“Our clinical observations over many years have convinced us that priests in general – and some to an extreme degree – possess an insufficiently developed or distorted emotional life, while at the same time they must be considered to belong to a group of men whom nature has endowed with superior intelligence and sensitivity. In some, the causes for their emotional underdevelopment go back to childhood and remain unrecognized during the seminary years. Others enjoyed a fairly normal childhood but became emotionally disturbed through misguided ascetical practices in the seminary. Whatever the causes, however, it is a fact that the majority of today’s priest with psychological trouble suffer from some degree of non-affirmation. A smaller, but not insignificant number of priests are seriously incapacitated by obsessive-compulisve repression. Many show the symptoms of both types of disorder, often combined, at least in North America with chronic alcoholism.

“These findings also explain why the Church as a whole finds herself in a crisis. Because of the preist’s special position as mediator between God and humankind, the effects of his non-affirmation on other peple will be far more radical and widespread than in the case of the non-affirmed single or married layperson. A priest without identity without a firm sense of self-worth, cannot reveal to others their personal worth. Because he cannot affirm, he cannot love others in a way whipch strengthens both them and the Church.

“Moreover, as a non-affirmed priests depends for his sense of personal worth on the people around him, he lives in constant anticipation of what they expect from him, is fearful of displeasinf them, afraid to assert himself or to defend the truths of his faith except on a purely intellectual level. Desirous of being loved by all, he may remain silent when it is his duty to point out the errors contained in other faiths, new schools of thought, popular movements or modern osystems of education. Instead of being a source of strength and jy to the people he chose to serve, the non-affirmed priest may be said to be at the mercy –whether for good or evil, - of all with whom he comes in contact.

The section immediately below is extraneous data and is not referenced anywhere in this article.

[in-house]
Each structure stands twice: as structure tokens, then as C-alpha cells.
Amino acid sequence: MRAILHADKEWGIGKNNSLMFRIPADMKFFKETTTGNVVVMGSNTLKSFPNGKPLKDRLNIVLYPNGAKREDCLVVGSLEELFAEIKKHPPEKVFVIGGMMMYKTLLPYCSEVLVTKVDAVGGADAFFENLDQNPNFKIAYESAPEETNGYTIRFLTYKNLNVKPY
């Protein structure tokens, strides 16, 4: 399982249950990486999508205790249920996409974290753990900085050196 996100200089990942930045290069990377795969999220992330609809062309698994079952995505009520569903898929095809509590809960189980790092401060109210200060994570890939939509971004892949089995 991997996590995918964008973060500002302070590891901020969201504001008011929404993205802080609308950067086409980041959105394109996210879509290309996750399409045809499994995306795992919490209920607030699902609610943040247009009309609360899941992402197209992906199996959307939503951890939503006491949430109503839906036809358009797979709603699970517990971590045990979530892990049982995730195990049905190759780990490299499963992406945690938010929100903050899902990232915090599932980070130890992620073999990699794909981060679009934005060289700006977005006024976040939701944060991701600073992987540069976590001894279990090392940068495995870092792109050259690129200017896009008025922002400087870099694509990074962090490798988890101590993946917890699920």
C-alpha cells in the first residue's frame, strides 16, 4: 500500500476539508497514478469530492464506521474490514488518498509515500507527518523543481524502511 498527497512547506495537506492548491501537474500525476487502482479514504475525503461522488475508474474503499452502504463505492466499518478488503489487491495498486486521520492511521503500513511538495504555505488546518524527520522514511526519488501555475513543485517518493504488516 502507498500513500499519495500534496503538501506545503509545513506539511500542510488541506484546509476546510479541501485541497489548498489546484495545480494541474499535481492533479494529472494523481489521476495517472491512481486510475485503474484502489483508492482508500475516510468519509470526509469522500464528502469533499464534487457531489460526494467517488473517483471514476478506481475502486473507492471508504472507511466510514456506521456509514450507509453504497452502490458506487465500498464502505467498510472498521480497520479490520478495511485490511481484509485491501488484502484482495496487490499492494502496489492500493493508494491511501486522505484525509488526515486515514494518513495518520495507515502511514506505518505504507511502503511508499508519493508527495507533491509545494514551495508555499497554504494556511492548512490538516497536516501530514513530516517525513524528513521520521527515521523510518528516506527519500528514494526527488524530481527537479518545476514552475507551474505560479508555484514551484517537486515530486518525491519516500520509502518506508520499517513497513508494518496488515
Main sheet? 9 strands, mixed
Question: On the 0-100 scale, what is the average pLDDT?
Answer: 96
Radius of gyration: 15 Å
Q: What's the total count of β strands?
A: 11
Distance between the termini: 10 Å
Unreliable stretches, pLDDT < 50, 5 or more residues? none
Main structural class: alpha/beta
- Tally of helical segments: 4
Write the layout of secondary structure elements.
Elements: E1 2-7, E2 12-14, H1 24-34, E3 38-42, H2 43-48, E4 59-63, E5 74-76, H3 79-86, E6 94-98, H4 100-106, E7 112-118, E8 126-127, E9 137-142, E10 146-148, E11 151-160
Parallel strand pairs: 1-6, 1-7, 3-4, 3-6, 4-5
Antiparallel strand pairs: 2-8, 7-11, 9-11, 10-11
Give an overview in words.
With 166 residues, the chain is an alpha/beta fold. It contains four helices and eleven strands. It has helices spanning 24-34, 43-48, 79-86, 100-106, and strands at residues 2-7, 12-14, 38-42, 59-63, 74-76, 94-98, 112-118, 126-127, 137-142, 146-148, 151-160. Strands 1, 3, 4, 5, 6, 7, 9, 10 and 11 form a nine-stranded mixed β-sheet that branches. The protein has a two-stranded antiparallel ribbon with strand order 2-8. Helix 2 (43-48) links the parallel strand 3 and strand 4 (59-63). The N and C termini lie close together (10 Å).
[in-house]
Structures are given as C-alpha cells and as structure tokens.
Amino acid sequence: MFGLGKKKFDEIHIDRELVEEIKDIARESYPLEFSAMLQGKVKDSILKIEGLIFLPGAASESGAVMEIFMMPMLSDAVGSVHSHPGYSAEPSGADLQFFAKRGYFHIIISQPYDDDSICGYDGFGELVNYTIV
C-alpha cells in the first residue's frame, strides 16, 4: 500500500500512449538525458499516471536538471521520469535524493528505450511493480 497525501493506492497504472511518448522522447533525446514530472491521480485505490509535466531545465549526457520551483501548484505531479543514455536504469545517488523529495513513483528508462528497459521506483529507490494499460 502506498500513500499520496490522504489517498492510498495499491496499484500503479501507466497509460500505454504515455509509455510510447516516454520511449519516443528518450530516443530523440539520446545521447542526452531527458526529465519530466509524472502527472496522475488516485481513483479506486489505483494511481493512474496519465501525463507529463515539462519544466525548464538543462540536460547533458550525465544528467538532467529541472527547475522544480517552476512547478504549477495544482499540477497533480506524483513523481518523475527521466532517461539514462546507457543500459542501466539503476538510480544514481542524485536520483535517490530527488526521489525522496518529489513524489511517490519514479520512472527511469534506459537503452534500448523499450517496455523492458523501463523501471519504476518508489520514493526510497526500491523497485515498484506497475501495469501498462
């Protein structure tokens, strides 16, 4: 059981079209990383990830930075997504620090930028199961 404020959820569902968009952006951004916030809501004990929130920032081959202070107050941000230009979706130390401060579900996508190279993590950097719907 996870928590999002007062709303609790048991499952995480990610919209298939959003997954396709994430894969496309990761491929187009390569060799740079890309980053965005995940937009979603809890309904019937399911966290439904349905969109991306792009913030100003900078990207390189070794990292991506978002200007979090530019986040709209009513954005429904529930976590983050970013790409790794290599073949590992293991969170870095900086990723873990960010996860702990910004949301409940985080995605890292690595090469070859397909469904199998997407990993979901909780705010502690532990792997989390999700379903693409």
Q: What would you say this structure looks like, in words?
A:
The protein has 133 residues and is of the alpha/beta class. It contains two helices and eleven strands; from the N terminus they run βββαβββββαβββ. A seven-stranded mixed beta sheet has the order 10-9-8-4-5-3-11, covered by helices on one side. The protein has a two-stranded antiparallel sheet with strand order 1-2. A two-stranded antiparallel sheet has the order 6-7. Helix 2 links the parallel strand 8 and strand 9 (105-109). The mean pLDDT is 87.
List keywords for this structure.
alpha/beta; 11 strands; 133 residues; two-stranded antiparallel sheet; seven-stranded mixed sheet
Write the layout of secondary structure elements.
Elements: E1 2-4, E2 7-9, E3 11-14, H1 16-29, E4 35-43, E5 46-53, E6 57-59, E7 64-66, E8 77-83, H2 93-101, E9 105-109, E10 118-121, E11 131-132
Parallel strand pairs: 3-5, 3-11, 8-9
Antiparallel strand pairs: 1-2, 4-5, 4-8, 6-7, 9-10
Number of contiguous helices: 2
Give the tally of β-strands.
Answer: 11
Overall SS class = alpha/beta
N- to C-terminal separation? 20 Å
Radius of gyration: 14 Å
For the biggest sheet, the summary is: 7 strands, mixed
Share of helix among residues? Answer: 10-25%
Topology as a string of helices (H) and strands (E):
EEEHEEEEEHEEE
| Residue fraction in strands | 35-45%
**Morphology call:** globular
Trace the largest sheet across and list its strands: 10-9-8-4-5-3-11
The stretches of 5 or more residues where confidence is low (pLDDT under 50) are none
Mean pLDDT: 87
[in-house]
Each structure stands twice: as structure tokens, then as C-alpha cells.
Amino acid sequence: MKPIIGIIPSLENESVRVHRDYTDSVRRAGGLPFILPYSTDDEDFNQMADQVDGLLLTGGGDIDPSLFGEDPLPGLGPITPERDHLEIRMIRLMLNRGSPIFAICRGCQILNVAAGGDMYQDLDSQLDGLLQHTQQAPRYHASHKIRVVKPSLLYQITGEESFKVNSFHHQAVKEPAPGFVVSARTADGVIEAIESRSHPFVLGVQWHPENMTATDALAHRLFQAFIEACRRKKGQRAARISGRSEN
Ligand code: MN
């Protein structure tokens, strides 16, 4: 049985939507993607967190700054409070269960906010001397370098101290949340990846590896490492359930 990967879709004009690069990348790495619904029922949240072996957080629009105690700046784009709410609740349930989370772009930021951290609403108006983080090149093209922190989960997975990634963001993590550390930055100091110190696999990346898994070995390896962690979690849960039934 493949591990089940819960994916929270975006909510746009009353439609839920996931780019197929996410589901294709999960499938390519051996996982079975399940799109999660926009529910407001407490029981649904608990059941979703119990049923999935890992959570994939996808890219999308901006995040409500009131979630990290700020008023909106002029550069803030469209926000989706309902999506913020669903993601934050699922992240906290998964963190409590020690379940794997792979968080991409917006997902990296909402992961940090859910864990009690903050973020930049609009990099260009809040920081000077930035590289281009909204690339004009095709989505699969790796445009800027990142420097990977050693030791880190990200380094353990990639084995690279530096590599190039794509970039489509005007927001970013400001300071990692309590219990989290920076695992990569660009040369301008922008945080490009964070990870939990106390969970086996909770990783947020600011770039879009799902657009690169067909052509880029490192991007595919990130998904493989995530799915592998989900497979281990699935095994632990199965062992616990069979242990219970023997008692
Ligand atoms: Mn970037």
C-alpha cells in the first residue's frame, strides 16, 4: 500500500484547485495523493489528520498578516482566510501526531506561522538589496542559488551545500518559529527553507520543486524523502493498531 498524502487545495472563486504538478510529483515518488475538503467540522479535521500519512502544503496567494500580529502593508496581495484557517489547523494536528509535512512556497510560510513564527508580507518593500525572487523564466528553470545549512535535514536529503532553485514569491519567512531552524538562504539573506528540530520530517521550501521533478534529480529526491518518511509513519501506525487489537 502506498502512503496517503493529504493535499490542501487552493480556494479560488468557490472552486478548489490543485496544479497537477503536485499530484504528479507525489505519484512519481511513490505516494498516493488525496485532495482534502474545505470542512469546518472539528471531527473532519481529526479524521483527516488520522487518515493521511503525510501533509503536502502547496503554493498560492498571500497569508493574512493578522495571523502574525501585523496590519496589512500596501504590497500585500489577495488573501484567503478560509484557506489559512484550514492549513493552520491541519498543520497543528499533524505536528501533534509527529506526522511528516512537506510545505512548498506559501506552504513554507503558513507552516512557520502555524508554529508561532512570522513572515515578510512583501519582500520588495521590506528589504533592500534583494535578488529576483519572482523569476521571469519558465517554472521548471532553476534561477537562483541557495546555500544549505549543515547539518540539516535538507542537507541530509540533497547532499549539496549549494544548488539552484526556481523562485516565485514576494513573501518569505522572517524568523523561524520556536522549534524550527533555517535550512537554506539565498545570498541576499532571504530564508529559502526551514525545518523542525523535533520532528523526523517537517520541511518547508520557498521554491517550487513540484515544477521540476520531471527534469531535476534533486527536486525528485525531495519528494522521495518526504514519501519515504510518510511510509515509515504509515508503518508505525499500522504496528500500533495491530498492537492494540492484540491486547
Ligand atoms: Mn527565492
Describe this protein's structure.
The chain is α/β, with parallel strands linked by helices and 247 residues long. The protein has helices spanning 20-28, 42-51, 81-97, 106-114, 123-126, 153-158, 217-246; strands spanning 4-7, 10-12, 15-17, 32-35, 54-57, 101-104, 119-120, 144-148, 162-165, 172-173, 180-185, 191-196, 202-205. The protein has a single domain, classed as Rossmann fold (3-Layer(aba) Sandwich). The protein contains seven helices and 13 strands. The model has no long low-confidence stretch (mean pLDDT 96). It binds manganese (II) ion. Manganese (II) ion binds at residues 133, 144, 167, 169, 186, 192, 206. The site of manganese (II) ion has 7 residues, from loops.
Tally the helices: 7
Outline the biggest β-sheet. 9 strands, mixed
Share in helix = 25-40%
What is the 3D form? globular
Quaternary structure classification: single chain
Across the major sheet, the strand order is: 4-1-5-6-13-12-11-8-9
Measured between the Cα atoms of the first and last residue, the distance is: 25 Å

“Priests who remain happy in their work possess an innate sensitive appreciation of the sense goods of this world under the ready directin of intellect and will, and likewise,. An emotional appreciation of spiritual goods. IN other words, they are able to direct themselves quite easily at the objectum prout substat rationi. This necessary capacity to deny themselves certain sense goods without becoming unhappy does not seem to have been given sufficient consideration in the selection of candidates for the priesthood. In priests so disposed, the need for concrete goods will increasingly give way to a growing delight in the spiritual, with and ensuing greater expansion of mind and spirit and an ever growing happiness.”

[1] Conrad Baars, M.D. “I Will Give Them a New Heart,” St. Pauls (2008) 150.
[2] J. Ratzinger, “Principles of Catholic Theology,” Ignatius (1987) 79-80
[3] Benedict XVI, Address to the Roman Curia, December 22, 2006
[4] Baars borrows the distinction between “training” and education” from Robert and Mary Joyce whom he quotes from extensively later in the book. They say: “Training is an inadequate method of developing man’s emotional and mental life, precisely because the human creature is not an animal! Education is based on respecting children as human beings, on giving them the freedom within a prepared and safe environment with an adult to act as a guide rather than a trainer. Only in education, never in training, are children allowed to be and to become what they really are: uniquely themselves. Only when affirmed by mature parents and educators, i.e. loved for what they are [not for what they can do], even for their “otherness,” and allowed to assimilate spontaneously in their own tempo their whole being into their mental and spiritual life, only then will children find their unique identity and fulfillment, never to be plagued by an identity crisis in later life!” (158-159).
[5] Conrad Baars, op. cit. 16-19.